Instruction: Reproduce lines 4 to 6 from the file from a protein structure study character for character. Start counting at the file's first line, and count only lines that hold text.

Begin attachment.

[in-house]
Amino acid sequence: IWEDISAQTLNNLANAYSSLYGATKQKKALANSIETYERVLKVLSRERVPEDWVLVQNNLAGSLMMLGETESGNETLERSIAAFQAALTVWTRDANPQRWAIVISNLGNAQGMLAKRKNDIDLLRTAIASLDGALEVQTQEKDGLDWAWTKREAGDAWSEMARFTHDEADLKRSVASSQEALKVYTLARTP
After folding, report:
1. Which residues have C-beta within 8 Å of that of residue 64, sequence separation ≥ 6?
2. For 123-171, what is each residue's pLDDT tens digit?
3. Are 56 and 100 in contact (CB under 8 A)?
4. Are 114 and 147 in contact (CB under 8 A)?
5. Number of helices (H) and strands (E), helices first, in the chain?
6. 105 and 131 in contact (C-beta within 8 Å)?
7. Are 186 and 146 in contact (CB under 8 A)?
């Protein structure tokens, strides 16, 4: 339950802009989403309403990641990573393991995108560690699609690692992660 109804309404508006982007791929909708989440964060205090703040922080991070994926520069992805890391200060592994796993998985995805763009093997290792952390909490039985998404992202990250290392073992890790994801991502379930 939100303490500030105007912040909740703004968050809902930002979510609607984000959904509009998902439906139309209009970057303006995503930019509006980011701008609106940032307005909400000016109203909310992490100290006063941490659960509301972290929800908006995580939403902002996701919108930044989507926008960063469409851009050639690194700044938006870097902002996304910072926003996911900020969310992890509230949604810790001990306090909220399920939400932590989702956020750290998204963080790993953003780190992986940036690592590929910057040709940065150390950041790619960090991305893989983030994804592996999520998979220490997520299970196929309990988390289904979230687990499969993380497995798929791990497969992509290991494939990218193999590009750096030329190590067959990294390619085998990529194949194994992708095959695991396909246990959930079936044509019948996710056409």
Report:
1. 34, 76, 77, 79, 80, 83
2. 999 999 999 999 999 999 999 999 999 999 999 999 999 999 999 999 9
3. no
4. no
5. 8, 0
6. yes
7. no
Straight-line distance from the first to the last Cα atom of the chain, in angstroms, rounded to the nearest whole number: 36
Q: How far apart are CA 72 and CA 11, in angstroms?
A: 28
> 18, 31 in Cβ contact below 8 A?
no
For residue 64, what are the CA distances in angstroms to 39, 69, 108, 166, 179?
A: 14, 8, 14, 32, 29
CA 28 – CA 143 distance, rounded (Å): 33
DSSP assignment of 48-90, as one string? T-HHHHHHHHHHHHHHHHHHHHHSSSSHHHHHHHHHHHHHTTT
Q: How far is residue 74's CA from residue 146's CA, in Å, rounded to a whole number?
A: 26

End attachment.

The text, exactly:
1. Which residues have C-beta within 8 Å of that of residue 64, sequence separation ≥ 6?
2. For 123-171, what is each residue's pLDDT tens digit?
3. Are 56 and 100 in contact (CB under 8 A)?